15 June 2009

Nigeria and Jamaica join cluster bomb ban treaty

Ambassador U. Joy Ogwu of Nigeria 

On Friday 12 June, Jamaica and Nigeria became the 97th and 98th signatories of the Convention on Cluster Munitions, just six months after the international treaty opened for signature. Recent signatures and ratifications of the treaty in diverse regions show that consensus around a world free of cluster bombs is growing.

Ambassadors U. Joy Ogwu of Nigeria and Raymond Wolfe of Jamaica signed the Convention on Cluster Munitions on behalf of their governments on Friday at the United Nations in New York.
"Having Nigeria and Jamaica among the signatories is very encouraging," said Thomas Nash, coordinator of the Cluster Munition Coalition (CMC). "Now we need them to make their signatures count by ratifying swiftly and advocating in favour of the treaty in their respective regions. We also urge Nigeria, as a stockpiler, to start the process to destroy its cluster munitions as soon as possible."As one of the few countries in Africa to have used the weapon in the past, Nigeria's signature bears particular significance and should influence the other countries in the region that have not joined the treaty. Earlier this month, neighbouring Niger followed up on its signature by ratifying the Convention.Eight countries have ratified the treaty and 22 more are needed for it to enter into force and become legally binding. As leaders in the Oslo Process to ban cluster bombs, the CMC is calling on African nations to ratify the treaty swiftly in order to trigger entry into force."We worked really hard with different Ministries to achieve this," said Mimidoo Achakpa of IANSA Women Network, CMC member in Nigeria. "But this is only the first step in the right direction as Nigeria still has more hurdles to pass: ratification, domestic law, stockpile destruction. Civil society will not rest until these goals are reached".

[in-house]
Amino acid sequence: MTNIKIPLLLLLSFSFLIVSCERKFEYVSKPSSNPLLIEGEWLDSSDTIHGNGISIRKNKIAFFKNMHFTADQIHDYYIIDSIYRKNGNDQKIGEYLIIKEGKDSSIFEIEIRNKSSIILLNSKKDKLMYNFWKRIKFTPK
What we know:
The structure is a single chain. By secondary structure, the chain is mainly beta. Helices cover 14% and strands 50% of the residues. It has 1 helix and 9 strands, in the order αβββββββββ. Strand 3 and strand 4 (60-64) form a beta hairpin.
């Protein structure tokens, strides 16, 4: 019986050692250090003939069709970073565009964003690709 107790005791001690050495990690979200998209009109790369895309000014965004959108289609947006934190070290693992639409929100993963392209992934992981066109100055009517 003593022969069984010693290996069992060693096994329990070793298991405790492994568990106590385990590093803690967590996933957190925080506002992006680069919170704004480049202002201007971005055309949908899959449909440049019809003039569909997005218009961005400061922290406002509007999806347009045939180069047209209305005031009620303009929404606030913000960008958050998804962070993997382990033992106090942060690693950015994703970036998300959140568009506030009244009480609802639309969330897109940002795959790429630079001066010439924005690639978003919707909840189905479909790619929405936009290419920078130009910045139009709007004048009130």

Jamaica is the first country in the Caribbean to sign the treaty. The CMC urges Jamaica as a key regional leader to convince its fellow Caribbean nations to join the treaty. Although no Caribbean state stockpiles cluster munitions, the use of the weapon by the United States in Grenada in 1982 shows that no region of the world is immune to its indiscriminate effects. Today Caribbean states have an opportunity to play an important role in bringing about change in international law by signing and ratifying this crucial treaty. Ambassador Raymond Wolfe of Jamaica
On 25 and 26 June countries that have signed the Convention on Cluster Munitions have been invited to Berlin by the German government to discuss stockpile destruction. This is the first time all signatory countries are invited to discuss the Convention since the Oslo Signing Conference in December 2008. The Cluster Munition Coalition encourages Jamaica and Nigeria to take part in this important step towards making the treaty a reality on the ground.